TAXATION BANKING ON POOR PEOPLE

KANWAL SALEEM
(feedback@pgeconomist.com)
Apr 18 - 24, 2011

Like most of the taxation systems in the world, federal taxes in Pakistan are classified into two broad categories, viz., direct and indirect taxes. Direct taxes primarily comprise income tax and wealth tax. For the purpose of the charge of tax and the computation of total income, all income is classified under the heads i.e. salaries, interest on securities; income from property; income from business or professions; capital gains; and income from other sources.

Pakistan inherited a sophisticated taxation structure at the time of its independence in 1947. The system underwent substantive changes over the years with a view to augmenting the resources as well as meeting other economic needs.

Pakistan's indirect taxation system is aggressive and biased against the poor putting greater burden on the lower income households than the upper ones.

According to a report, the poorest 10-percent of households contribute 16- percent of their income to the three indirect taxes - General Sales Tax (GST), Central Excise Duty (CED) and Customs Duty. However, the report reveals, the burden of tax progressively declines as income rises and the richest 10 percent of households contribute only about 10 percent of their incomes to the indirect taxes.

A significant percentage of the economy remains undocumented and operates outside the tax net. Not only does this act as an impediment towards broadening the tax net, it discourages honest taxpayers. Mandatory documentation of all segments of the economy is essential if the government intends to broaden the tax base and reduce burden on already taxed, experts told PAGE.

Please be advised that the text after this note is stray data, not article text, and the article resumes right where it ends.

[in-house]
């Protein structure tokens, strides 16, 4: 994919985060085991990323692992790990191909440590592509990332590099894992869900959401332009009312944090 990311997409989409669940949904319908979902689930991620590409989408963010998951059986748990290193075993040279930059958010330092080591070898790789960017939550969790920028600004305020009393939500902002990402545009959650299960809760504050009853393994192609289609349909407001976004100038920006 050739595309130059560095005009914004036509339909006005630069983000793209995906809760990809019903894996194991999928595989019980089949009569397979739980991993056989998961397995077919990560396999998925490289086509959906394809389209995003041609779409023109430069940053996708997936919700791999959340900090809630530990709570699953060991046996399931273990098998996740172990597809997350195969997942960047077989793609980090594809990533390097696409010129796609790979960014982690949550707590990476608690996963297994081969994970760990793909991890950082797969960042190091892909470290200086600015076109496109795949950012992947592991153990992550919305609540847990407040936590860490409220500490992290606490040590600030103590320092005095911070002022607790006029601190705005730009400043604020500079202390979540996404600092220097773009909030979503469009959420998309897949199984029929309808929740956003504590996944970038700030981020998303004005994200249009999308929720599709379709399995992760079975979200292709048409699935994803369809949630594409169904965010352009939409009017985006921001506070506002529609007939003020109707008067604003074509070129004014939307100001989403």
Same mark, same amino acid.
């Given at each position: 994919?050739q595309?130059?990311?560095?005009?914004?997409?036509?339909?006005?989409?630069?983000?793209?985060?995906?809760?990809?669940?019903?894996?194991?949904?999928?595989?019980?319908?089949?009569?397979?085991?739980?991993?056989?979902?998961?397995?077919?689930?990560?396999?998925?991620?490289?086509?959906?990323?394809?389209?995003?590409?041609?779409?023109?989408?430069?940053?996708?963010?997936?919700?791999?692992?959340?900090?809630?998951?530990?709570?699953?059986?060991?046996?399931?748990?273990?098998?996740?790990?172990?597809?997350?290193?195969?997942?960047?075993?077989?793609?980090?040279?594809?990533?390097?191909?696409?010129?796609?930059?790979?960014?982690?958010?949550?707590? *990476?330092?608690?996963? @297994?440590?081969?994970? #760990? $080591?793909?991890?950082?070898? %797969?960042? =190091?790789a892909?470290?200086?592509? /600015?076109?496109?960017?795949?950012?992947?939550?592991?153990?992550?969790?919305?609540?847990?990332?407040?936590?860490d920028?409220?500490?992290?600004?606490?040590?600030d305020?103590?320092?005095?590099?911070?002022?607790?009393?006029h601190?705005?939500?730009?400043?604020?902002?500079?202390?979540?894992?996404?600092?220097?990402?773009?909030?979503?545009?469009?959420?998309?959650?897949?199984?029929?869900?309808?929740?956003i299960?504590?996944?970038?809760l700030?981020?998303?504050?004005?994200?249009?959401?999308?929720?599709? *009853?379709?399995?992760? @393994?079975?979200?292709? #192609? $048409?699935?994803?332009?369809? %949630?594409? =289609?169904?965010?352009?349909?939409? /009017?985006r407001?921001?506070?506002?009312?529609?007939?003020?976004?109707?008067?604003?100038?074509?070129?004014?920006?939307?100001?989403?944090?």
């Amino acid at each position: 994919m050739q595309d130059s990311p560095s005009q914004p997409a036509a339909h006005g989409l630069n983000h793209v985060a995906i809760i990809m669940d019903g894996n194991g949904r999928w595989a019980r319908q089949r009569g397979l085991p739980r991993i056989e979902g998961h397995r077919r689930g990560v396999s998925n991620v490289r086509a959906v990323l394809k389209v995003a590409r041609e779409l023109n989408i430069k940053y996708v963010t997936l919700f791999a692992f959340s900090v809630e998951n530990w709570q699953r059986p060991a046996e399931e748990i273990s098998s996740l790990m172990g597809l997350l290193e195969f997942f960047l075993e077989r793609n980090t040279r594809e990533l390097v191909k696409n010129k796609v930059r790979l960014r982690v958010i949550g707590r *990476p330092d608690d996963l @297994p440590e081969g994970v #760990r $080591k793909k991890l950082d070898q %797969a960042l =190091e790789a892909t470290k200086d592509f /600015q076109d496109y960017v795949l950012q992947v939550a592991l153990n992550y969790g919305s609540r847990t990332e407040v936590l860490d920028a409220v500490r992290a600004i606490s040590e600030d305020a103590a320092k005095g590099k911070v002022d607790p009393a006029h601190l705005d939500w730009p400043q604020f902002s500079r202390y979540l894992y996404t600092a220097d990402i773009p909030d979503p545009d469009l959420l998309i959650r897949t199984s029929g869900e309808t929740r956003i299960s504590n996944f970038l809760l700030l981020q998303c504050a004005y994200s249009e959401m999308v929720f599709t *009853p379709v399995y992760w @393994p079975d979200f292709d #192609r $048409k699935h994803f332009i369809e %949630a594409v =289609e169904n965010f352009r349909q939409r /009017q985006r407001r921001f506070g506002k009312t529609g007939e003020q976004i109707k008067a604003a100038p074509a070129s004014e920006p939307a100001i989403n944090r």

According to an Asian Development Bank (ADB) study, the taxation system of Pakistan, which was progressive till 1990, was converted into a regressive regime in 1991 with the introduction of certain withholding provisions in the Income Tax Law and VAT-type tax in the Sales Tax Act, 1990. The result is that during the 20 years period (1991-2010), tax burden on the poorest households is estimated to have increased by 27. 4 percent, while it declined by 15.9 percent on the richest households.

The study states that Pakistan's tax regime consists of four main revenue sources: GST, CED, Customs Duty and Income Tax. Its structure is dominated heavily by indirect taxes, which combine over two-thirds (68 percent) of combined federal and provincial tax receipts. If surcharges are included, it observes, the indirect taxes rise to over three-fourth (76 percent). In terms of the share of federal taxes, indirect taxes account for nearly half (46 percent), and if surcharges are included, it touches 55 percent, the report said.

According to the study, the average share of direct taxes for high income countries is 46 percent, while in the low income countries, it is 28 percent. Iran and India post direct tax shares of 40 percent and 29 per cent respectively as compared to 27 percent by Pakistan. The GST claims 9.3 percent of the income of the poorest 10 percent of households, but only 5.9 percent of the income of the richest 10 percent. In other words, the burden of GST on the lowest deciles is 58 percent higher than the highest deciles. Thus, the CED is the most aggressive tax, with the burden on the lowest deciles being 100 percent higher than on the highest deciles. The customs duties are the least regressive with the burden on the lowest deciles being 28 percent higher as compared to that of the highest deciles. The average burden of direct taxes is 0.3 percent, while the burden of indirect taxes is 13 percent. Nevertheless, the structure of personal income taxes is still progressive.